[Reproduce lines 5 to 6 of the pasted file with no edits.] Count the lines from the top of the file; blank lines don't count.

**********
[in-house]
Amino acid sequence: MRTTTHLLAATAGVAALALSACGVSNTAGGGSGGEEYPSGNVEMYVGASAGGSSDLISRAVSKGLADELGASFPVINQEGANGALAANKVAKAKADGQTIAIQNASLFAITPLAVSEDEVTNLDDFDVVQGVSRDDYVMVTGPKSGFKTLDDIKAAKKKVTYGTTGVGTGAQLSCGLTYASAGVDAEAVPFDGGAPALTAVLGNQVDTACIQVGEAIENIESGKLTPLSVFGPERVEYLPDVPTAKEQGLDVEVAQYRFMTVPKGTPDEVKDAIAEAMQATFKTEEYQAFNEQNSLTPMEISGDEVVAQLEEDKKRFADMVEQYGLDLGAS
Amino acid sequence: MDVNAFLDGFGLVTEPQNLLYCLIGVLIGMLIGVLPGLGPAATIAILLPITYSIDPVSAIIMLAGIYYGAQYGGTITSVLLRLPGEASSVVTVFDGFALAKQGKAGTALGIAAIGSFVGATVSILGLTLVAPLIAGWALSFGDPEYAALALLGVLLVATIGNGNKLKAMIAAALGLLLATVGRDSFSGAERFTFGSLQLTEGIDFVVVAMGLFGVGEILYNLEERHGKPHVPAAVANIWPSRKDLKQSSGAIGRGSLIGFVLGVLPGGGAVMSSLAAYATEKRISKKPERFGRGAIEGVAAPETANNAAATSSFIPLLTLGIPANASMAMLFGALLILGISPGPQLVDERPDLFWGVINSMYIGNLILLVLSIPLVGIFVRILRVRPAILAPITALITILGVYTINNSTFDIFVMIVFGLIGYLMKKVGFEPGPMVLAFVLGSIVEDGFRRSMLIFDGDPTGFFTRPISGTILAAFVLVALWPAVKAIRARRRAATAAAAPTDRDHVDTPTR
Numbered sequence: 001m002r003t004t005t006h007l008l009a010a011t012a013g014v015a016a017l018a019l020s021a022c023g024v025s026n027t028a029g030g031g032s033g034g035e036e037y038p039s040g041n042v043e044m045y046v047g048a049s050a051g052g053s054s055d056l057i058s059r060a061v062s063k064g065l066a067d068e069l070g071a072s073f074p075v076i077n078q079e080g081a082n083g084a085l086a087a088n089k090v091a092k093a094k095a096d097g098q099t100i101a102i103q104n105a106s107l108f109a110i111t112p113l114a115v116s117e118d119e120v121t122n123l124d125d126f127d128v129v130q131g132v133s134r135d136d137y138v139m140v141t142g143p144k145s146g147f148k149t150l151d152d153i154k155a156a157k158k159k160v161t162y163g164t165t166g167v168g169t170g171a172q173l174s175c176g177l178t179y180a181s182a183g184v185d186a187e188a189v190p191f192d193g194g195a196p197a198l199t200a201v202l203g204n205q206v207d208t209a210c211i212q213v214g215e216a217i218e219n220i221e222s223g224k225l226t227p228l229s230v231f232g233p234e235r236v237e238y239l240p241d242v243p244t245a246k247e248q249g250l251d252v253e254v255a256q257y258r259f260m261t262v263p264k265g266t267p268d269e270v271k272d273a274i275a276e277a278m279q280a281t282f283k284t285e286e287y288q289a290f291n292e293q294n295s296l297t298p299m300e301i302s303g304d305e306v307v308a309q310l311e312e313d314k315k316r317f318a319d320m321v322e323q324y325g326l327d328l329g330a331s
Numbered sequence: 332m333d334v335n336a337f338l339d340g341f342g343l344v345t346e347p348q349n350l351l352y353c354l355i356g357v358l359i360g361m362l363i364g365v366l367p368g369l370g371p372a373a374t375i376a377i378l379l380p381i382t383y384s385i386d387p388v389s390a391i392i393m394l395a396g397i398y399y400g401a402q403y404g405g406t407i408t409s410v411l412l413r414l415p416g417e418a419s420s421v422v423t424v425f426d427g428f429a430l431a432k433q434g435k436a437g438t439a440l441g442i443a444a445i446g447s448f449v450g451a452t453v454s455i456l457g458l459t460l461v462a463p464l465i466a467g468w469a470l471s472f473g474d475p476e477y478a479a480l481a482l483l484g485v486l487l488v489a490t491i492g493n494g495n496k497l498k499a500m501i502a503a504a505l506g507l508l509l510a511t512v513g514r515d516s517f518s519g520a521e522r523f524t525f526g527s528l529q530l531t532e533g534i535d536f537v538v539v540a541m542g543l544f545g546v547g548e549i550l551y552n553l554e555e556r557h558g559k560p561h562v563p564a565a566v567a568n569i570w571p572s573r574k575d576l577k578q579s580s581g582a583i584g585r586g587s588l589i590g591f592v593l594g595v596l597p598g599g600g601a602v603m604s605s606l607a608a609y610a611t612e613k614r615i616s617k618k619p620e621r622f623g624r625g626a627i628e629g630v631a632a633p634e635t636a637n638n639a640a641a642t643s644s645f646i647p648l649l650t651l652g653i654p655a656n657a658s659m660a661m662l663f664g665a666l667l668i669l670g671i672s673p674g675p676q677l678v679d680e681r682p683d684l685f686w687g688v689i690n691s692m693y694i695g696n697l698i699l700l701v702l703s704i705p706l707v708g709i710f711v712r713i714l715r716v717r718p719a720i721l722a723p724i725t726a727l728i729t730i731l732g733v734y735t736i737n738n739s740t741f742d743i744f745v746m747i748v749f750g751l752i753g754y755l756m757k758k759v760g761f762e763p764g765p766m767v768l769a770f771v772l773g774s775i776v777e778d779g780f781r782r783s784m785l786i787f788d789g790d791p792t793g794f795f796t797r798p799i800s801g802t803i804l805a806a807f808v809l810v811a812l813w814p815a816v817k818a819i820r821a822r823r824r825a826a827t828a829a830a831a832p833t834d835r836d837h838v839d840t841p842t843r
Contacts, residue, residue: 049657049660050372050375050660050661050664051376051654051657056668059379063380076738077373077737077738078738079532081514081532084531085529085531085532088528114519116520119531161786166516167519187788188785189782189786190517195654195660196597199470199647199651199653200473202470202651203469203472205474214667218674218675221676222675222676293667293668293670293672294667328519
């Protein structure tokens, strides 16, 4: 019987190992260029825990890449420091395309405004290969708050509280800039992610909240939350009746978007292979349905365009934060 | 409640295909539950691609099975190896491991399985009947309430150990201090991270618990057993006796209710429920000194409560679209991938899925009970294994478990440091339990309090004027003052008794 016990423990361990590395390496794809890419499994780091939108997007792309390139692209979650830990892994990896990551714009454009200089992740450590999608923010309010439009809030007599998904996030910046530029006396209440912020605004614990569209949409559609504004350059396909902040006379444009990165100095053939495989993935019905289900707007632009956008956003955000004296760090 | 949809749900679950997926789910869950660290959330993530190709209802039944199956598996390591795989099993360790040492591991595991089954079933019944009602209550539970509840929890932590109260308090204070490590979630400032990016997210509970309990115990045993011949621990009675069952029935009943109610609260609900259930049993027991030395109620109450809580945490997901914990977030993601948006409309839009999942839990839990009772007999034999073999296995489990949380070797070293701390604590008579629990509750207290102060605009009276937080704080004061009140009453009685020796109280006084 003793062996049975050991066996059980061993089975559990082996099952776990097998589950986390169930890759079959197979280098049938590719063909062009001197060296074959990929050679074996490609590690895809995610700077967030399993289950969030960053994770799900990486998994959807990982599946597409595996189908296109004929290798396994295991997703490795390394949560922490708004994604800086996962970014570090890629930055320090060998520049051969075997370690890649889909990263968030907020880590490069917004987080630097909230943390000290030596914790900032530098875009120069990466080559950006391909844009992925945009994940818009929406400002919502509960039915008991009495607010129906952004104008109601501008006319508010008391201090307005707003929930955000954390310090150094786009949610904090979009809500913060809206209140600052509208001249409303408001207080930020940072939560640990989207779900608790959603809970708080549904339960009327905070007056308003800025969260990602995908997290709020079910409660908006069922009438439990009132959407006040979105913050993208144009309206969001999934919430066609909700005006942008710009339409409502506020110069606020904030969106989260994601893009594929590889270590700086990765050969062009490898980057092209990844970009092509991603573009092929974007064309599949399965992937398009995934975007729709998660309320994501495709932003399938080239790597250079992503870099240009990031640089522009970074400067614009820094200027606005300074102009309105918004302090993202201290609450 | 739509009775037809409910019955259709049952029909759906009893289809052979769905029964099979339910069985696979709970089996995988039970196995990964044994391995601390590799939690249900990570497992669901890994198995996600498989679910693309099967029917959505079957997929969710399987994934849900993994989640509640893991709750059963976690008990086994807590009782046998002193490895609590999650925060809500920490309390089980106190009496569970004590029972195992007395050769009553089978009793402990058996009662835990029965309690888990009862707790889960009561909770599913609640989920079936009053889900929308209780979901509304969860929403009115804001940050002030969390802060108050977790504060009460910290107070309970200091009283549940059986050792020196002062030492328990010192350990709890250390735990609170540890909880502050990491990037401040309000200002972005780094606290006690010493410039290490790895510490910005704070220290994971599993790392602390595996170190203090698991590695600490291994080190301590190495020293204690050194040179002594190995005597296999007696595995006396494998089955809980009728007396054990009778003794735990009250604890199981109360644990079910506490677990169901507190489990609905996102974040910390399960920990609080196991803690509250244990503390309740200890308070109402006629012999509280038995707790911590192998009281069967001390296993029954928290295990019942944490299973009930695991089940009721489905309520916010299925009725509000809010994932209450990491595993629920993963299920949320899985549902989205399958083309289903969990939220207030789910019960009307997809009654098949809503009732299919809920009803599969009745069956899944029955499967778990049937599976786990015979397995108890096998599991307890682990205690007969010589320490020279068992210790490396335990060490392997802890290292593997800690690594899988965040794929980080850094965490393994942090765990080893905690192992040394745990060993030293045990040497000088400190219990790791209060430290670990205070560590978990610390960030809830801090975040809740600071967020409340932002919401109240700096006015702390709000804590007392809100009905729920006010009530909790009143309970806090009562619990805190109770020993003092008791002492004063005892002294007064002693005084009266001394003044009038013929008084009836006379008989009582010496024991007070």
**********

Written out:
Numbered sequence: 332m333d334v335n336a337f338l339d340g341f342g343l344v345t346e347p348q349n350l351l352y353c354l355i356g357v358l359i360g361m362l363i364g365v366l367p368g369l370g371p372a373a374t375i376a377i378l379l380p381i382t383y384s385i386d387p388v389s390a391i392i393m394l395a396g397i398y399y400g401a402q403y404g405g406t407i408t409s410v411l412l413r414l415p416g417e418a419s420s421v422v423t424v425f426d427g428f429a430l431a432k433q434g435k436a437g438t439a440l441g442i443a444a445i446g447s448f449v450g451a452t453v454s455i456l457g458l459t460l461v462a463p464l465i466a467g468w469a470l471s472f473g474d475p476e477y478a479a480l481a482l483l484g485v486l487l488v489a490t491i492g493n494g495n496k497l498k499a500m501i502a503a504a505l506g507l508l509l510a511t512v513g514r515d516s517f518s519g520a521e522r523f524t525f526g527s528l529q530l531t532e533g534i535d536f537v538v539v540a541m542g543l544f545g546v547g548e549i550l551y552n553l554e555e556r557h558g559k560p561h562v563p564a565a566v567a568n569i570w571p572s573r574k575d576l577k578q579s580s581g582a583i584g585r586g587s588l589i590g591f592v593l594g595v596l597p598g599g600g601a602v603m604s605s606l607a608a609y610a611t612e613k614r615i616s617k618k619p620e621r622f623g624r625g626a627i628e629g630v631a632a633p634e635t636a637n638n639a640a641a642t643s644s645f646i647p648l649l650t651l652g653i654p655a656n657a658s659m660a661m662l663f664g665a666l667l668i669l670g671i672s673p674g675p676q677l678v679d680e681r682p683d684l685f686w687g688v689i690n691s692m693y694i695g696n697l698i699l700l701v702l703s704i705p706l707v708g709i710f711v712r713i714l715r716v717r718p719a720i721l722a723p724i725t726a727l728i729t730i731l732g733v734y735t736i737n738n739s740t741f742d743i744f745v746m747i748v749f750g751l752i753g754y755l756m757k758k759v760g761f762e763p764g765p766m767v768l769a770f771v772l773g774s775i776v777e778d779g780f781r782r783s784m785l786i787f788d789g790d791p792t793g794f795f796t797r798p799i800s801g802t803i804l805a806a807f808v809l810v811a812l813w814p815a816v817k818a819i820r821a822r823r824r825a826a827t828a829a830a831a832p833t834d835r836d837h838v839d840t841p842t843r
Contacts, residue, residue: 049657049660050372050375050660050661050664051376051654051657056668059379063380076738077373077737077738078738079532081514081532084531085529085531085532088528114519116520119531161786166516167519187788188785189782189786190517195654195660196597199470199647199651199653200473202470202651203469203472205474214667218674218675221676222675222676293667293668293670293672294667328519